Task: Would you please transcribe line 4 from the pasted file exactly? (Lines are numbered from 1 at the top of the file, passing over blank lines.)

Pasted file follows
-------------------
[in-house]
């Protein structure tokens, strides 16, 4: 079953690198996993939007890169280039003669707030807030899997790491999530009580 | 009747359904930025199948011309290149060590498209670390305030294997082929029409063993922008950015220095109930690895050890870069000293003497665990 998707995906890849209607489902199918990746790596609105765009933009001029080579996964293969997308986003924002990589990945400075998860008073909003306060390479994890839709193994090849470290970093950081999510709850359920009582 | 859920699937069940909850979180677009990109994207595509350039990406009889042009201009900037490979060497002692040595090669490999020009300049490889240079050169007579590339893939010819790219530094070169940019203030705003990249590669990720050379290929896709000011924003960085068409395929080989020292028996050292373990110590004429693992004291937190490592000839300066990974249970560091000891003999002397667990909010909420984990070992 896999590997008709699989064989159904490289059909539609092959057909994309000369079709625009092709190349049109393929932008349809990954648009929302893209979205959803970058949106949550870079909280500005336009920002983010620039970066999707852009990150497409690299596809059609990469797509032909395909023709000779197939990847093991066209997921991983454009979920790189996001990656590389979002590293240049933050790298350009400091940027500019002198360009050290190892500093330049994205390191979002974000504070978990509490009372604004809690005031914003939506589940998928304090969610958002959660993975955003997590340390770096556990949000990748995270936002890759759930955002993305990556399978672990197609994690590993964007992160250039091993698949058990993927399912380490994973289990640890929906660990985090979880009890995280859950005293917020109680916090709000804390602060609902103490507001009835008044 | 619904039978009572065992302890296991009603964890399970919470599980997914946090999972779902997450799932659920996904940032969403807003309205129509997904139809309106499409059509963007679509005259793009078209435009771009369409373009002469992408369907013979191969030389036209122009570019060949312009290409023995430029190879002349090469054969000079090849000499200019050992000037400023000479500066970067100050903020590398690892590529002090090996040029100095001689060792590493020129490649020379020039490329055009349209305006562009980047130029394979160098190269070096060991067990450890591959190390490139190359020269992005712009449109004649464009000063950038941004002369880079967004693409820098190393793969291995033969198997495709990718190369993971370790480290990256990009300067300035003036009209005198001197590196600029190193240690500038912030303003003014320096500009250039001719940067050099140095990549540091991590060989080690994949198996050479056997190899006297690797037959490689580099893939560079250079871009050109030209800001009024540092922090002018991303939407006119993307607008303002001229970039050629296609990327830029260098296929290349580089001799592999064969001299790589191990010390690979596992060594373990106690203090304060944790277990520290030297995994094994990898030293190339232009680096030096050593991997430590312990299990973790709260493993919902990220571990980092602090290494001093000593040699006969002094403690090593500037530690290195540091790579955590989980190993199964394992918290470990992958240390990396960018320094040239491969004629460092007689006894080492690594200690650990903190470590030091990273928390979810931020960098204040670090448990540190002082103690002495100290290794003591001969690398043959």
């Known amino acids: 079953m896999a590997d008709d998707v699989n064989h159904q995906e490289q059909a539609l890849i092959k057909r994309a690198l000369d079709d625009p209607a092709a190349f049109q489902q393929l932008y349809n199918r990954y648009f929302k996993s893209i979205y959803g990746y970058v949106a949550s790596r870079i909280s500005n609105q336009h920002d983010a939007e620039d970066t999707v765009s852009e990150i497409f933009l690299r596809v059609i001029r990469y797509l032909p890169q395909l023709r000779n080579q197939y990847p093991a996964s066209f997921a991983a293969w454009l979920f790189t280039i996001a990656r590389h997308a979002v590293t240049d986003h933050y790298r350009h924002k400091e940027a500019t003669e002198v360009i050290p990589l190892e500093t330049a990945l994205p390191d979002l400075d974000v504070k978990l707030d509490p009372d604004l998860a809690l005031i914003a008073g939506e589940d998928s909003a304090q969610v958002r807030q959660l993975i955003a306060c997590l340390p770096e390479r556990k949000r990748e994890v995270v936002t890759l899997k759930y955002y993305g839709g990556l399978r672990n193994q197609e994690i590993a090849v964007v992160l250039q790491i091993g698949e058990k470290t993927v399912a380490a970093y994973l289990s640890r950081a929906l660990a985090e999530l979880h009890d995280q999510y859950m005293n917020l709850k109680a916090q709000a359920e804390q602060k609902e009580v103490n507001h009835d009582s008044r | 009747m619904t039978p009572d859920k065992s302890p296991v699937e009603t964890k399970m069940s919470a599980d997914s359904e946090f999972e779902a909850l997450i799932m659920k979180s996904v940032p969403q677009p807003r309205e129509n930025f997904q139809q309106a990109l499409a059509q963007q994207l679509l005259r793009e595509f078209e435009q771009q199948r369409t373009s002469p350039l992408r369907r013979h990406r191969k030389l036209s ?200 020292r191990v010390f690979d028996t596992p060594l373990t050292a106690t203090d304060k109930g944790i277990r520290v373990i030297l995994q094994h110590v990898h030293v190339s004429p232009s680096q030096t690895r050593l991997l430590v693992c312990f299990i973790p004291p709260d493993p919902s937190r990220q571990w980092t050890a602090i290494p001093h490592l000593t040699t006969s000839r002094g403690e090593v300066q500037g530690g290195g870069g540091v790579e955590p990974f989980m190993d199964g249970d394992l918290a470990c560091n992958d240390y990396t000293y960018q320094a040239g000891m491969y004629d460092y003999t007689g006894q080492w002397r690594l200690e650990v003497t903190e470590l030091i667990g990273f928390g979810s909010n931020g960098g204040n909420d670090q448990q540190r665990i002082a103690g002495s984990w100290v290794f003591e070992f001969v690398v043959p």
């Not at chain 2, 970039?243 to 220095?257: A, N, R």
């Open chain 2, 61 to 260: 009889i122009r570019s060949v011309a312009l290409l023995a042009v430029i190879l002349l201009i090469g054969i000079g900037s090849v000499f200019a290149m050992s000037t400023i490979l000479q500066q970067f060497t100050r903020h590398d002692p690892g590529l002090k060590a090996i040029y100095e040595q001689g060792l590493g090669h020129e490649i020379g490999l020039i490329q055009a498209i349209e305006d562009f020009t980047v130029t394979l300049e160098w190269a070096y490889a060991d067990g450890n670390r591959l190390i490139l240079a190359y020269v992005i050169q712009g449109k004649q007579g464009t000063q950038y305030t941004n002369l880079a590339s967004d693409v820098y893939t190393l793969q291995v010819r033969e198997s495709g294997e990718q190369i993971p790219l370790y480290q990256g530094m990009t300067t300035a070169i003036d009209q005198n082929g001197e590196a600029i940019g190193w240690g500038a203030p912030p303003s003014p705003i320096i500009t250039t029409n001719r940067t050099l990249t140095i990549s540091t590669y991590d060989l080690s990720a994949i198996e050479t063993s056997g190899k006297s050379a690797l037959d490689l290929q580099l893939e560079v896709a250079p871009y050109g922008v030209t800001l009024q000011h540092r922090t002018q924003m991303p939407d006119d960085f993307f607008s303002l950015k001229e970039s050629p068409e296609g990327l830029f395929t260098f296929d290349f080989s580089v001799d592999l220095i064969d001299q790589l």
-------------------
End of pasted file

């Not at chain 2, 970039?243 to 220095?257: A, N, R």